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cs
12-12-2001, 09:19 AM
I ran into an old friend this morning at the gas station. This was someone I hadn't seen any probably 7 years and before that over 5 years. We exchange pleasentries and went our separete ways. I left my card with my number, but I really don't expect to hear from him again.

This little encounter got me thinking again about old times and old friends. But as time moves on so do we. At the time me and my friends were in-sepratable. We played football, rode motorcycles, went climbing, talked about girls, basicly we did it all together.

I still see them in my minds eye as we were back than. We were young with no worries and I still had hair (though my kid don't believe I ever did). Those years shaped my who and what I am now.

Somehow and someway the years have slipped away and so have we. Ocassionaly I'll bump into one of my friends and we will say Hi but than go our separte ways. I know that we have our own lives now, but still there is something special and magical about those friendships that have been lost, never to be found again. I guess I miss those days and it makes me kinda of sad. Ow, well life goes on and I guess I need to learn to grow and change with it.


Chad

Greg H
12-12-2001, 09:29 AM
It is never lost.
Take confort in thinking that they may see it the same way.

I'm sitting here packing christmas gifts to send off to my daughters....all grown up, far away.....

[This message has been edited by Greg H. (edited 12-12-2001).]

TomRobb
12-12-2001, 10:12 AM
Is that what Tom Wolf ment when he said you can never go home again? Or some such.
After High School I enlisted in the Air Force. After boot camp and tech school I got together with the H.S. buddies who only a year before were nearly inseperable. There wasn't much to talk about. They were still cruisin' & boozin'. Still looking for jobs at the stamping plant or just drifting. It was sad. I've no idea what's become of them in the last 40 years http://media5.hypernet.com/~dick/ubb/frown.gif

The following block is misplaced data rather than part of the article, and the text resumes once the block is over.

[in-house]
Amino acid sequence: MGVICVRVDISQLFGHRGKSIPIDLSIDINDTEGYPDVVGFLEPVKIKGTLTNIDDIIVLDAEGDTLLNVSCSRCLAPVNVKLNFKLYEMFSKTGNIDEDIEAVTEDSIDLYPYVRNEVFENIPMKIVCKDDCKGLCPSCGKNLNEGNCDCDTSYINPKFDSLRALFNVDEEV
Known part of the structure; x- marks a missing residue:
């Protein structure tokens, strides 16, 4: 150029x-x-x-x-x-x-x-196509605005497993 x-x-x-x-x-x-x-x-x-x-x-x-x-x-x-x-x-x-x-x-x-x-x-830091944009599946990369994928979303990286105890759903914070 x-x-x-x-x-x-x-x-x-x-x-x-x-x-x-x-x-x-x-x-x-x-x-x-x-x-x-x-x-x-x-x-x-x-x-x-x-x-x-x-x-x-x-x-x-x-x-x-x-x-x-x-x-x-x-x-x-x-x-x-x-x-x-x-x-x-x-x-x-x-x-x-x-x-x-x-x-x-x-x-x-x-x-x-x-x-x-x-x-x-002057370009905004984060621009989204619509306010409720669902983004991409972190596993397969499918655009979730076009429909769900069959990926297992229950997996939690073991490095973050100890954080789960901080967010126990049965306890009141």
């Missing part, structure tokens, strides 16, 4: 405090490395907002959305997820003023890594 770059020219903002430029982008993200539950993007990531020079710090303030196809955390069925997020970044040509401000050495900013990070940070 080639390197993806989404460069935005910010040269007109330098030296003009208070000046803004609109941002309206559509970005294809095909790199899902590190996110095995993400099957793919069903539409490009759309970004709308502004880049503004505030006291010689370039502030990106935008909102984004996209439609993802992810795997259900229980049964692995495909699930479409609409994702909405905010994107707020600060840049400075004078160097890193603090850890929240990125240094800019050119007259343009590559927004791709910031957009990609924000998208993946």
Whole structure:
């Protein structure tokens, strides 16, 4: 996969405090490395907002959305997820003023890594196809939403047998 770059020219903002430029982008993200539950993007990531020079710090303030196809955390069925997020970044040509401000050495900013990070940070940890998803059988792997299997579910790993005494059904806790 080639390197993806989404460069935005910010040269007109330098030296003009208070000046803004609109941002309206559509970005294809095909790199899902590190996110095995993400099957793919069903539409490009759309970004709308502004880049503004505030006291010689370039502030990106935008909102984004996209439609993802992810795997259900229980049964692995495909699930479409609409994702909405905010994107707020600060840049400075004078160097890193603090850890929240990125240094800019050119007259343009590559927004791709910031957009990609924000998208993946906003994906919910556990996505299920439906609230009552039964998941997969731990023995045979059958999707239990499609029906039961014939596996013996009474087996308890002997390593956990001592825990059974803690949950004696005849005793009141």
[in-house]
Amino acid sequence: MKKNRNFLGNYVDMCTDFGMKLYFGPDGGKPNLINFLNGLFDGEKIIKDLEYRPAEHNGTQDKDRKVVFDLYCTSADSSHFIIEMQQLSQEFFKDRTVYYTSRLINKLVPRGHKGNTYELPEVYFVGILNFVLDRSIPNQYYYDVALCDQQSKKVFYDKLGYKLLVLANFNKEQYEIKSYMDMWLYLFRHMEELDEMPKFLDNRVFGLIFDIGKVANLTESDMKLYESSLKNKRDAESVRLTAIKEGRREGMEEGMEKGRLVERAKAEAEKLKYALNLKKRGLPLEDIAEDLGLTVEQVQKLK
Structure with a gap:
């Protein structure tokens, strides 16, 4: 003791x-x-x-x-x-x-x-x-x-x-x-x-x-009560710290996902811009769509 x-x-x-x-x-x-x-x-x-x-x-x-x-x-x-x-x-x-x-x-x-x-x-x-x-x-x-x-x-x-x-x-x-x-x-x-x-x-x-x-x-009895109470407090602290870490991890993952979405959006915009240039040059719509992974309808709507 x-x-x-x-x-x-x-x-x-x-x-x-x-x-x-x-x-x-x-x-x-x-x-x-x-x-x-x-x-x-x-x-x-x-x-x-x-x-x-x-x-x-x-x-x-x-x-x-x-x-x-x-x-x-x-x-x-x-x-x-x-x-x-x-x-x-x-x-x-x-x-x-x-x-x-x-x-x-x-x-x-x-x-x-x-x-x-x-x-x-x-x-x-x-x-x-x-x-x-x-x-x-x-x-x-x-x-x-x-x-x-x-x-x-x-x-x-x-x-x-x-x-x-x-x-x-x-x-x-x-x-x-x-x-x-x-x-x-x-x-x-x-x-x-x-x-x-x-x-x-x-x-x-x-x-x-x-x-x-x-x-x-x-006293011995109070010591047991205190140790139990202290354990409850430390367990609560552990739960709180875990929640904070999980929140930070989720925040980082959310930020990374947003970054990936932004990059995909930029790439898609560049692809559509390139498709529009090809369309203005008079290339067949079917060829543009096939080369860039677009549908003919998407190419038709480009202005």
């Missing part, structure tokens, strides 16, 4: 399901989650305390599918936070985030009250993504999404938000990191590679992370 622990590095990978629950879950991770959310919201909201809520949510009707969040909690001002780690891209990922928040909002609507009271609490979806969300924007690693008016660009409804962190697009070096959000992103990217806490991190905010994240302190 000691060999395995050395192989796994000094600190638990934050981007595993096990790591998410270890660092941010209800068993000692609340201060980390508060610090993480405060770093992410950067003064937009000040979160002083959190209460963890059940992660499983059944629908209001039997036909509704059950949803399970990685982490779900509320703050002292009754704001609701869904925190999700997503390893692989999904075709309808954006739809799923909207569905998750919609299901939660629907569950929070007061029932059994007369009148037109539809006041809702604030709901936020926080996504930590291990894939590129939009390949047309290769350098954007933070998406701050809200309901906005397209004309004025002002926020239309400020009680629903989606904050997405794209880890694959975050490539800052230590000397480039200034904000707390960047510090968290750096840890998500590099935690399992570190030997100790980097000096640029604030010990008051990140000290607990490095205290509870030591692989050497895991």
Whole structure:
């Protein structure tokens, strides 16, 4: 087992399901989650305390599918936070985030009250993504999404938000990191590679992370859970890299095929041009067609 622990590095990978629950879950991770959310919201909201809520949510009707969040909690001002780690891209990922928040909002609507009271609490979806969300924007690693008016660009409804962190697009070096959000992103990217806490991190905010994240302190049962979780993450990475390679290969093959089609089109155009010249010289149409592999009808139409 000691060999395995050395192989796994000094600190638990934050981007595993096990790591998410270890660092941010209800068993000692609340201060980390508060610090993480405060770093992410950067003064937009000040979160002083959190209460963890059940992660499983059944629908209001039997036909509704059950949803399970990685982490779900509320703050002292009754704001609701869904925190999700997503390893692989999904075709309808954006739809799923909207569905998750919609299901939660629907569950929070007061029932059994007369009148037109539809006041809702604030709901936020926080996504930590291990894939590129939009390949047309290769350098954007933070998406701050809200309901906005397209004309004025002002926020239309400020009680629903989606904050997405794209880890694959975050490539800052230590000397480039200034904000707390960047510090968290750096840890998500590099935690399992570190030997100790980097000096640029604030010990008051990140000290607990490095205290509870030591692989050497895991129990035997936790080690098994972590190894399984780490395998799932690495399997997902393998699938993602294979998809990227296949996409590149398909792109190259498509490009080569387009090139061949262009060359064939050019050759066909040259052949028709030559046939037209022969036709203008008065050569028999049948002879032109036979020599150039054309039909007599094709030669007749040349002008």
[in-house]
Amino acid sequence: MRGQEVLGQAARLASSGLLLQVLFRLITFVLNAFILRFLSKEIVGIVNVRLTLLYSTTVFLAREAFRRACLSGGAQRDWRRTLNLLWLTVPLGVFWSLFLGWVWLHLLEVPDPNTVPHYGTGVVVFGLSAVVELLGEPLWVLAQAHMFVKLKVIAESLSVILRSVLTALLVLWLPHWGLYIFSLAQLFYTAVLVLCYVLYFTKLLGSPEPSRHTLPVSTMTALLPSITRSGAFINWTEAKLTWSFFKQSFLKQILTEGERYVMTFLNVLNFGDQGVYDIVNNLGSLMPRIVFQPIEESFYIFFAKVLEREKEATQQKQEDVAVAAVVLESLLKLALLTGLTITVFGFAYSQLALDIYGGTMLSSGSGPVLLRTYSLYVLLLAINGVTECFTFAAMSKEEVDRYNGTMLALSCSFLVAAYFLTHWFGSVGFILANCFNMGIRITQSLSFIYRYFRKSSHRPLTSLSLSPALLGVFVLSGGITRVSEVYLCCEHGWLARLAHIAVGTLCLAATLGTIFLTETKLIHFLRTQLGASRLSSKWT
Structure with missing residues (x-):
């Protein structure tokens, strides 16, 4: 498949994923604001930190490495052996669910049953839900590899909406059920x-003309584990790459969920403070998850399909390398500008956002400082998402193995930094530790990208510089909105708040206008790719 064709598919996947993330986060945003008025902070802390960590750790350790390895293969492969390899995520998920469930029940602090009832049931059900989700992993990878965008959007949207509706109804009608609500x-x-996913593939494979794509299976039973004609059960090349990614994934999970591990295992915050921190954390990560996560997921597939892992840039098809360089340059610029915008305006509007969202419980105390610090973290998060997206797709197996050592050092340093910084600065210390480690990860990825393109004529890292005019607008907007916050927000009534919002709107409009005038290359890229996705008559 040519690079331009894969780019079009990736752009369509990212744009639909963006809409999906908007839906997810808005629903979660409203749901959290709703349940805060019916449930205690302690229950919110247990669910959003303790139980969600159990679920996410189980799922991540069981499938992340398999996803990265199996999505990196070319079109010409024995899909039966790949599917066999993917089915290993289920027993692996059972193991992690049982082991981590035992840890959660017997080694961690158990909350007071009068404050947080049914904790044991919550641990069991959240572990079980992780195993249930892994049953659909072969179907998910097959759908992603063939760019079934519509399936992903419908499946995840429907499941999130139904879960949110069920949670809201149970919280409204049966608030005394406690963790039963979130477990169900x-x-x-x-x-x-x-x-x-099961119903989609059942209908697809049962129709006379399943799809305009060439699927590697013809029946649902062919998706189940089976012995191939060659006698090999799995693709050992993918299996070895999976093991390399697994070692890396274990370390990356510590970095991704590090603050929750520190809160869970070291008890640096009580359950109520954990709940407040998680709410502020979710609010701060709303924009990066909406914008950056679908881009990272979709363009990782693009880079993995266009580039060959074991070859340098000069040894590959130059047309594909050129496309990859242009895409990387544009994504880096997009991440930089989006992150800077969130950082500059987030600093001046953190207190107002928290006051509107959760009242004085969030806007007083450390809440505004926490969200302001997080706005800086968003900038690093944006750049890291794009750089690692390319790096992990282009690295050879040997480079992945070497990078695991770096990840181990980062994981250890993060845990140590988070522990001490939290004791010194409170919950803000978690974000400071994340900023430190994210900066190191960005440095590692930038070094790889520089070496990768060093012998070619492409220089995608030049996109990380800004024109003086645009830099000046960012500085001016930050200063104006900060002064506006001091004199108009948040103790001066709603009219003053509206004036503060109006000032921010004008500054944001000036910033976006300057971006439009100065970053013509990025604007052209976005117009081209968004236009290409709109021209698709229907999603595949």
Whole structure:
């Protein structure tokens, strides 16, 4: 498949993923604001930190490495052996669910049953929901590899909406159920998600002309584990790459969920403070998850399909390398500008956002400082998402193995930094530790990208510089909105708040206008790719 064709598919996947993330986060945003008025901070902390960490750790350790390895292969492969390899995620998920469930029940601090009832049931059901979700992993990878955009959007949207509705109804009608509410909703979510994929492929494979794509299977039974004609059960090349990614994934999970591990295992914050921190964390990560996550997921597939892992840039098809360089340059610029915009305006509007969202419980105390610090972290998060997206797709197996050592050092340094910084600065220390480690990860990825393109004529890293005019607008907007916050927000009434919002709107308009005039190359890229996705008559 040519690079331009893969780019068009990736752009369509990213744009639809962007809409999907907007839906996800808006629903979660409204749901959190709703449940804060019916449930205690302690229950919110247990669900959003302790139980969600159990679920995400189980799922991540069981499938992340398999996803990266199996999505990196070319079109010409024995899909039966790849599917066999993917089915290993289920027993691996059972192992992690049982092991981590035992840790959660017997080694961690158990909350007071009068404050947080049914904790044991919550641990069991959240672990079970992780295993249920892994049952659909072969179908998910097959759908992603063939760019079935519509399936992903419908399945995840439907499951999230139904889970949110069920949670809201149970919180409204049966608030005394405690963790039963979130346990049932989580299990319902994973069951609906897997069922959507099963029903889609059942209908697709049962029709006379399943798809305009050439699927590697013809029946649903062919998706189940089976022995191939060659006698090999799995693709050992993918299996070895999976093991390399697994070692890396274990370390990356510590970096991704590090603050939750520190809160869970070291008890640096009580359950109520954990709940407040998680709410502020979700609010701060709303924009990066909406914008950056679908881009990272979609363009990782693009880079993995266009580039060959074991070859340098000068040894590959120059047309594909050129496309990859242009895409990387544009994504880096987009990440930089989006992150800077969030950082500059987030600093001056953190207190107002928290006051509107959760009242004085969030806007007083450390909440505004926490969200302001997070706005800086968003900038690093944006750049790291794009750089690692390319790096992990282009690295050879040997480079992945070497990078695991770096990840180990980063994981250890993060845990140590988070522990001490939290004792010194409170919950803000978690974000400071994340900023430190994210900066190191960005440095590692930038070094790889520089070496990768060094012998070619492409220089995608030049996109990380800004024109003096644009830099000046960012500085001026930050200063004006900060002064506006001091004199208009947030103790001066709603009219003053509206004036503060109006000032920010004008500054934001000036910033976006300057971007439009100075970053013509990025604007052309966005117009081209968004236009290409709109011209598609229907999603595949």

Many memories are perhaps best left as memories. You really can't go home again. It's no longer home and you're no longer the you that was.

[This message has been edited by TomRobb (edited 12-12-2001).]

rbgarr
12-12-2001, 10:48 AM
I had a friend in my teens who shared my love for sailing. We'd sail around the coast of Maine whenever we could. I lost touch with him after college, but reconnected last summer (after 25 years). We went sailing together for three days, and catching up with how our lives have developed was an enriching experience. We stay in touch by phone and e-mail now. I recommend it to anyone who can do it.

Wild Dingo
12-12-2001, 11:11 AM
Ive just come back from home all my mates that I grew up with are still there doing the station thing... some have moved on but only a few... a couple have gone to the other side and thats sad but... Ive got memories of times as a youngun at boarding school in the city with some mates getting into all things teenage girls surfing bikes cars whatever and some of them well all of them actually Ive had no contact with since the early 70s and other mates from after leaving school who I shared some space and time with and then moved on... and for me thats fine... they got on with life and so did I good memories to look back on... but well life moves on... enjoy the memories.